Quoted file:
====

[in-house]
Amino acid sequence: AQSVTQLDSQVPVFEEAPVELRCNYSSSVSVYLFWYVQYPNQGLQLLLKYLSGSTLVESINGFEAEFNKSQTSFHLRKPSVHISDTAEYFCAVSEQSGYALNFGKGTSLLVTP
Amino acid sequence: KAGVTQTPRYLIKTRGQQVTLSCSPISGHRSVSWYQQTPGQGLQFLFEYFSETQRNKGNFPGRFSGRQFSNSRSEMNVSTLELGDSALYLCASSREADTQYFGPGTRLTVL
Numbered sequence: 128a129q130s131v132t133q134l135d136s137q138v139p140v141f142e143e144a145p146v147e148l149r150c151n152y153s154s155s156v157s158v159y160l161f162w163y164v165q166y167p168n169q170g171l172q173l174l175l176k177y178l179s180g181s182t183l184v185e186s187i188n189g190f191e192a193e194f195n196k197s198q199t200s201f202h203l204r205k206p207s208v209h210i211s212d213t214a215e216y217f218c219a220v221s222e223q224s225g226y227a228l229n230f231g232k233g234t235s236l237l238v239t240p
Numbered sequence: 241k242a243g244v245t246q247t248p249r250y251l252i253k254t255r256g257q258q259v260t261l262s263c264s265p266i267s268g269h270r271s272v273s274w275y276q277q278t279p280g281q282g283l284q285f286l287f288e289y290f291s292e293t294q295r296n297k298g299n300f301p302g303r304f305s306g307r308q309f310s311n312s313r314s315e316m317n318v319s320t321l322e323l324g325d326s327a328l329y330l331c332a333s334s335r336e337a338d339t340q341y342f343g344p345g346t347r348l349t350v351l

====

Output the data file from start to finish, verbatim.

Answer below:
[in-house]
Amino acid sequence: AQSVTQLDSQVPVFEEAPVELRCNYSSSVSVYLFWYVQYPNQGLQLLLKYLSGSTLVESINGFEAEFNKSQTSFHLRKPSVHISDTAEYFCAVSEQSGYALNFGKGTSLLVTP
Amino acid sequence: KAGVTQTPRYLIKTRGQQVTLSCSPISGHRSVSWYQQTPGQGLQFLFEYFSETQRNKGNFPGRFSGRQFSNSRSEMNVSTLELGDSALYLCASSREADTQYFGPGTRLTVL
Numbered sequence: 128a129q130s131v132t133q134l135d136s137q138v139p140v141f142e143e144a145p146v147e148l149r150c151n152y153s154s155s156v157s158v159y160l161f162w163y164v165q166y167p168n169q170g171l172q173l174l175l176k177y178l179s180g181s182t183l184v185e186s187i188n189g190f191e192a193e194f195n196k197s198q199t200s201f202h203l204r205k206p207s208v209h210i211s212d213t214a215e216y217f218c219a220v221s222e223q224s225g226y227a228l229n230f231g232k233g234t235s236l237l238v239t240p
Numbered sequence: 241k242a243g244v245t246q247t248p249r250y251l252i253k254t255r256g257q258q259v260t261l262s263c264s265p266i267s268g269h270r271s272v273s274w275y276q277q278t279p280g281q282g283l284q285f286l287f288e289y290f291s292e293t294q295r296n297k298g299n300f301p302g303r304f305s306g307r308q309f310s311n312s313r314s315e316m317n318v319s320t321l322e323l324g325d326s327a328l329y330l331c332a333s334s335r336e337a338d339t340q341y342f343g344p345g346t347r348l349t350v351l